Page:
Every buyer hopes his or her apartment will be a wise investment. In this week's Buy Curious, Douglas Elliman broker Jacky Teplitzky tackles the question of how much an elevator adds to the price--when you buy and eventually sell.
THE WISH LIST:
I'm planning to buy my first apartment, and I want to invest in a one-bedroom that will keep its value. Personally, I don't mind living in a walk-up, but is it smarter to buy in an elevator building? How much more will I pay? And when it comes time to sell, will the lack of an elevator limit the buyers who'd be interested?
If you're looking at your apartment as a long-term investment, you're right to assume a building with an elevator is your best bet. In Manhattan, a lack of an elevator will definitely shrink your pool of interested buyers, whether they have trouble with stairs, are parents toting around strollers, or even travel a lot and will be lugging around suitcases. That said, an elevator's value depends quite a bit on both the neighborhood and the building itself, and there are a few key details you'll want to keep in mind while you look.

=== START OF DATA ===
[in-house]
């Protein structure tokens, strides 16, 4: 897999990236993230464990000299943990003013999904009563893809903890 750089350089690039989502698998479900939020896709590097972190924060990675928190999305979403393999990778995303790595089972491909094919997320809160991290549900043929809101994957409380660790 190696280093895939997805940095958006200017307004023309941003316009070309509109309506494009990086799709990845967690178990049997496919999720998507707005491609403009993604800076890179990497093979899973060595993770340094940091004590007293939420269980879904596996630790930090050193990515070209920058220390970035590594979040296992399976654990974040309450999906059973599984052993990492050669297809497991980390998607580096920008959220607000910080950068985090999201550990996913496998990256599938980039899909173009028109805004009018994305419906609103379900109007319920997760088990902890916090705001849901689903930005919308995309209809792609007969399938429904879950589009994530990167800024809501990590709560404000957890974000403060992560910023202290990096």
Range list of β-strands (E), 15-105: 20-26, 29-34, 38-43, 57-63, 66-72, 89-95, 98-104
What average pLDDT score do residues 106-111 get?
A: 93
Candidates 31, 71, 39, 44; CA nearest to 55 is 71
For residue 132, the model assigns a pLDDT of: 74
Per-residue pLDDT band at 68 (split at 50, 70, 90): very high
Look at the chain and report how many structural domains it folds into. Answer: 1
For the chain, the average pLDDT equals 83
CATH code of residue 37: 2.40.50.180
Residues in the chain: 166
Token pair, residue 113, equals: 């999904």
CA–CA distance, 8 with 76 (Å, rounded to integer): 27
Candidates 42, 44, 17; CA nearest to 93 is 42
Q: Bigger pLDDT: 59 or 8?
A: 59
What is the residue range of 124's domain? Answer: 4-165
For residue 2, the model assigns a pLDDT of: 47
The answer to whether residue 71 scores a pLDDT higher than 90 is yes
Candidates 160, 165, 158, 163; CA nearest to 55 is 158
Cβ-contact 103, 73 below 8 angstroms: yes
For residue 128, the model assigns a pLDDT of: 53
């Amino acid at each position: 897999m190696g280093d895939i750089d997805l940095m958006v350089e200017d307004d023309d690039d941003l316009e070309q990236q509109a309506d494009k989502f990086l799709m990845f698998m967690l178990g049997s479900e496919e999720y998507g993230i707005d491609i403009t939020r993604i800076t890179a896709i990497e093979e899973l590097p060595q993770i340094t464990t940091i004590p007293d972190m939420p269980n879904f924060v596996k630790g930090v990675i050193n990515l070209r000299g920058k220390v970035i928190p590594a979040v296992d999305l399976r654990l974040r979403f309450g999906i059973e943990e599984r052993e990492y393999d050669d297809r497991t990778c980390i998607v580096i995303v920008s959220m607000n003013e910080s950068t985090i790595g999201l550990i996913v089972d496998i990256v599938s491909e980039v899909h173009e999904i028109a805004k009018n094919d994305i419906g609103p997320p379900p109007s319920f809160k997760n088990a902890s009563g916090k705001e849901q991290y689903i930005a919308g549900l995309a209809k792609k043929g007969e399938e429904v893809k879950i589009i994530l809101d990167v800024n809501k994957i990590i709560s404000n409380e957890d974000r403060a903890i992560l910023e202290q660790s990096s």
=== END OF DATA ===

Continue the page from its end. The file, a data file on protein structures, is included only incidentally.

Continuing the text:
- One-bedroom, one-bath co-op, $695,000: At 300 East 59th Street (between First and Second), this building includes an elevator and a doorman, as well as in-building laundry, garage parking, and access to a roof deck.
- One-bedroom, one-bath condo, $438,000: In this Battery Park City building at 300 Albany Street (between South End and the water), amenities include an elevator, doorman, parking, laundry, and shared courtyard space.
- One-bedroom, one-bath co-op, $650,000: This apartment is in a building with an elevator but no doorman at 254 East 7th Street (between C and D). Other features include a newly renovated kitchen, bike storage, and a shared garden.
- One-bedroom, one-bath, $350,000: As a fifth-floor walk-up on 509 East 88th Street (between York and East End), this Yorkville one-bedroom is cheaper than comparable elevator buildings, and comes with bike storage, in-building laundry, and roof deck access.
- One-bedroom, one-bath, $875,000: At 225 West 10th Street (between Hudson and Bleecker), this second-floor walk-up apartment comes with quite a bit of storage and a brand new kitchen as well as access to bike storage and a roof deck.
- One-bedroom, one-bath, $450,000: There's no elevator or doorman, but this LES fifth floor walk-up includes exposed brick, crown moldings, a recent renovation, and a central location at 172 Delancey Street (between Clinton and Attorney).
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